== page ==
mSystems ; 6(4): e0079321, 2021 Aug 31.
Article in English | MEDLINE | ID: covidwho-1350006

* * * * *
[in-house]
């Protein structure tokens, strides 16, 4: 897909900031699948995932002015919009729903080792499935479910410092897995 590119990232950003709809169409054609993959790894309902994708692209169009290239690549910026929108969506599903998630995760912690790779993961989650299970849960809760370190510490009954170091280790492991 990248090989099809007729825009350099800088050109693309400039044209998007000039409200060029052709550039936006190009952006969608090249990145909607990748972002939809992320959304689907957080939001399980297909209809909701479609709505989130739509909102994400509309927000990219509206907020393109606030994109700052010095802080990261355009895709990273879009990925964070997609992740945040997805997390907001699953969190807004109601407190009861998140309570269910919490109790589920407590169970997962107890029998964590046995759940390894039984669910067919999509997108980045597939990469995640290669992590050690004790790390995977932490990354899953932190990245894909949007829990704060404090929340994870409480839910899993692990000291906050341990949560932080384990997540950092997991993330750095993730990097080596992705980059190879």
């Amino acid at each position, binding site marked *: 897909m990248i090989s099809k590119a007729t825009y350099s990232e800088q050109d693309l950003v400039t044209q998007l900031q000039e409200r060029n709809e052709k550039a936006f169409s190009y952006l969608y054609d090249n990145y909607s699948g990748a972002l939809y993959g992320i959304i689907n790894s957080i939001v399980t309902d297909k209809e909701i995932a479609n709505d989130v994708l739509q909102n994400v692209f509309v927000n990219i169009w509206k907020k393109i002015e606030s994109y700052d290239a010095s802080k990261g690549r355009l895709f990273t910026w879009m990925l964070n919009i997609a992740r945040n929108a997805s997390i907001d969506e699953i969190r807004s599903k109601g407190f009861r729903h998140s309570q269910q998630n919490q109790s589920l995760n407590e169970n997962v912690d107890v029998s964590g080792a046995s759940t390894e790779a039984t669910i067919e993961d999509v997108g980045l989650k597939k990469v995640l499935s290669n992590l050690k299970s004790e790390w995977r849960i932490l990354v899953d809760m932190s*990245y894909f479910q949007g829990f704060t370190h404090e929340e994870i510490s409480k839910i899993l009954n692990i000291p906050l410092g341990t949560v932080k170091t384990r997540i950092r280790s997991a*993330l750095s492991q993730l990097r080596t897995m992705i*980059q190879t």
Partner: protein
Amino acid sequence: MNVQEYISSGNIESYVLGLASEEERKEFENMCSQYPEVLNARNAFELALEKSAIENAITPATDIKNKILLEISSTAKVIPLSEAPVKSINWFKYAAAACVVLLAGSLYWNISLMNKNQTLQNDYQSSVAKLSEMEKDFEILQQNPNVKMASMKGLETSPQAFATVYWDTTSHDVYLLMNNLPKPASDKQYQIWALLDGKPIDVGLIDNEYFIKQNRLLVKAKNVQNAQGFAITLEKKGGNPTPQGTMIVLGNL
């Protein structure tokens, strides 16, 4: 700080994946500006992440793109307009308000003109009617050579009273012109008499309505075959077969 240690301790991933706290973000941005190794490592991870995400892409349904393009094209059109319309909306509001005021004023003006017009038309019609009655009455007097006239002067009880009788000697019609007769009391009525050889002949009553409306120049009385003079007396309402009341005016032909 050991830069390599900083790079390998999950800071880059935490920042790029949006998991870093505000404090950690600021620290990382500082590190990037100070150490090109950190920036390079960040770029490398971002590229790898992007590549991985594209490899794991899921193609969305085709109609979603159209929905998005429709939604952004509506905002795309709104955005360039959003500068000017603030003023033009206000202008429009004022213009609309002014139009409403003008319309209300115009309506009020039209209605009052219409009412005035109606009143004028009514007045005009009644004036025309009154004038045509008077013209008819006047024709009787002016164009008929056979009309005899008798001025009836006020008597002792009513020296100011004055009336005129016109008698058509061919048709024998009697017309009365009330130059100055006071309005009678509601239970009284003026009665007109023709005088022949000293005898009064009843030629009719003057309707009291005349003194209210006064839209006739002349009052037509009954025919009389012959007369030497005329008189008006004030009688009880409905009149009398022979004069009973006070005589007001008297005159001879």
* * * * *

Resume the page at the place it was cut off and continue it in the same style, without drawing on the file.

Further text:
Wastewater-based surveillance has gained prominence and come to the forefront as a leading indicator of forecasting COVID-19 (coronavirus disease 2019) infection dynamics owing to its cost-effectiveness and its ability to inform early public health interventions. A university campus could especially benefit from wastewater surveillance, as universities are characterized by largely asymptomatic populations and are potential hot spots for transmission that necessitate frequent diagnostic testing. In this study, we employed a large-scale GIS (geographic information systems)-enabled building-level wastewater monitoring system associated with the on-campus residences of 7,614 individuals. Sixty-eight automated wastewater samplers were deployed to monitor 239 campus buildings with a focus on residential buildings. Time-weighted composite samples were collected on a daily basis and analyzed on the same day. Sample processing was streamlined significantly through automation, reducing the turnaround time by 20-fold and exceeding the scale of similar surveillance programs by 10- to 100-fold, thereby overcoming one of the biggest bottlenecks in wastewater surveillance. An automated wastewater notification system was developed to alert residents to a positive wastewater sample associated with their residence and to encourage uptake of campus-provided asymptomatic testing at no charge. This system, integrated with the rest of the "Return to Learn" program at the University of California (UC) San Diego-led to the early diagnosis of nearly 85% of all COVID-19 cases on campus. COVID-19 testing rates increased by 1.9 to 13× following wastewater notifications. Our study shows the potential for a robust, efficient wastewater surveillance system to greatly reduce infection risk as college campuses and other high-risk environments reopen. IMPORTANCE Wastewater-based epidemiology can be particularly valuable at university campuses where high-resolution spatial sampling in a well-controlled context could not only provide insight into what affects campus community as well as how those inferences can be extended to a broader city/county context. In the present study, a large-scale wastewater surveillance was successfully implemented on a large university campus enabling early detection of 85% of COVID-19 cases thereby averting potential outbreaks. The highly automated sample processing to reporting system enabled dramatic reduction in the turnaround time to 5 h (sample to result time) for 96 samples. Furthermore, miniaturization of the sample processing pipeline brought down the processing cost significantly ($13/sample). Taken together, these results show that such a system could greatly ameliorate long-term surveillance on such communities as they look to reopen.